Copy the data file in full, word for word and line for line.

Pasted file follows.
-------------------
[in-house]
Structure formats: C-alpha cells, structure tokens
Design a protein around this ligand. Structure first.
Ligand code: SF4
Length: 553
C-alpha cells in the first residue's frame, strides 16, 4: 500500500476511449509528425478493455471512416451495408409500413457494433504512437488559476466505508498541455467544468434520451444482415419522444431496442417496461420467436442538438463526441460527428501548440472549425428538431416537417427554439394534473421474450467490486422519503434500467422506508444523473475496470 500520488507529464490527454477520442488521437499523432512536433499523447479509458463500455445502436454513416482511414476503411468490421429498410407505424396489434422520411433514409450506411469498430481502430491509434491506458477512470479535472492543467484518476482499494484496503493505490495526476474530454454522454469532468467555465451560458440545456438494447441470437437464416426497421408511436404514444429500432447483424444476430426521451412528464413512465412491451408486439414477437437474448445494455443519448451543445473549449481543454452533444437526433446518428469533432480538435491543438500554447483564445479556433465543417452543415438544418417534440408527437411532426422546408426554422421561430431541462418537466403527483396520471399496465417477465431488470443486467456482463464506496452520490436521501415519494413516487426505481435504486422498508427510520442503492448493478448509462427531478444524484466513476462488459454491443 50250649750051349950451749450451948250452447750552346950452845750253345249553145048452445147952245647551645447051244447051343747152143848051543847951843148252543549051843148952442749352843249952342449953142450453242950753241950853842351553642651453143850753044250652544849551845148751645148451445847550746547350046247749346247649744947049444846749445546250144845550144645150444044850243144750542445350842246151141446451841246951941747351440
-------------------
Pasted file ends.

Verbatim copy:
[in-house]
Structure formats: C-alpha cells, structure tokens
Design a protein around this ligand. Structure first.
Ligand code: SF4
Length: 553
C-alpha cells in the first residue's frame, strides 16, 4: 500500500476511449509528425478493455471512416451495408409500413457494433504512437488559476466505508498541455467544468434520451444482415419522444431496442417496461420467436442538438463526441460527428501548440472549425428538431416537417427554439394534473421474450467490486422519503434500467422506508444523473475496470 500520488507529464490527454477520442488521437499523432512536433499523447479509458463500455445502436454513416482511414476503411468490421429498410407505424396489434422520411433514409450506411469498430481502430491509434491506458477512470479535472492543467484518476482499494484496503493505490495526476474530454454522454469532468467555465451560458440545456438494447441470437437464416426497421408511436404514444429500432447483424444476430426521451412528464413512465412491451408486439414477437437474448445494455443519448451543445473549449481543454452533444437526433446518428469533432480538435491543438500554447483564445479556433465543417452543415438544418417534440408527437411532426422546408426554422421561430431541462418537466403527483396520471399496465417477465431488470443486467456482463464506496452520490436521501415519494413516487426505481435504486422498508427510520442503492448493478448509462427531478444524484466513476462488459454491443 50250649750051349950451749450451948250452447750552346950452845750253345249553145048452445147952245647551645447051244447051343747152143848051543847951843148252543549051843148952442749352843249952342449953142450453242950753241950853842351553642651453143850753044250652544849551845148751645148451445847550746547350046247749346247649744947049444846749445546250144845550144645150444044850243144750542445350842246151141446451841246951941747351440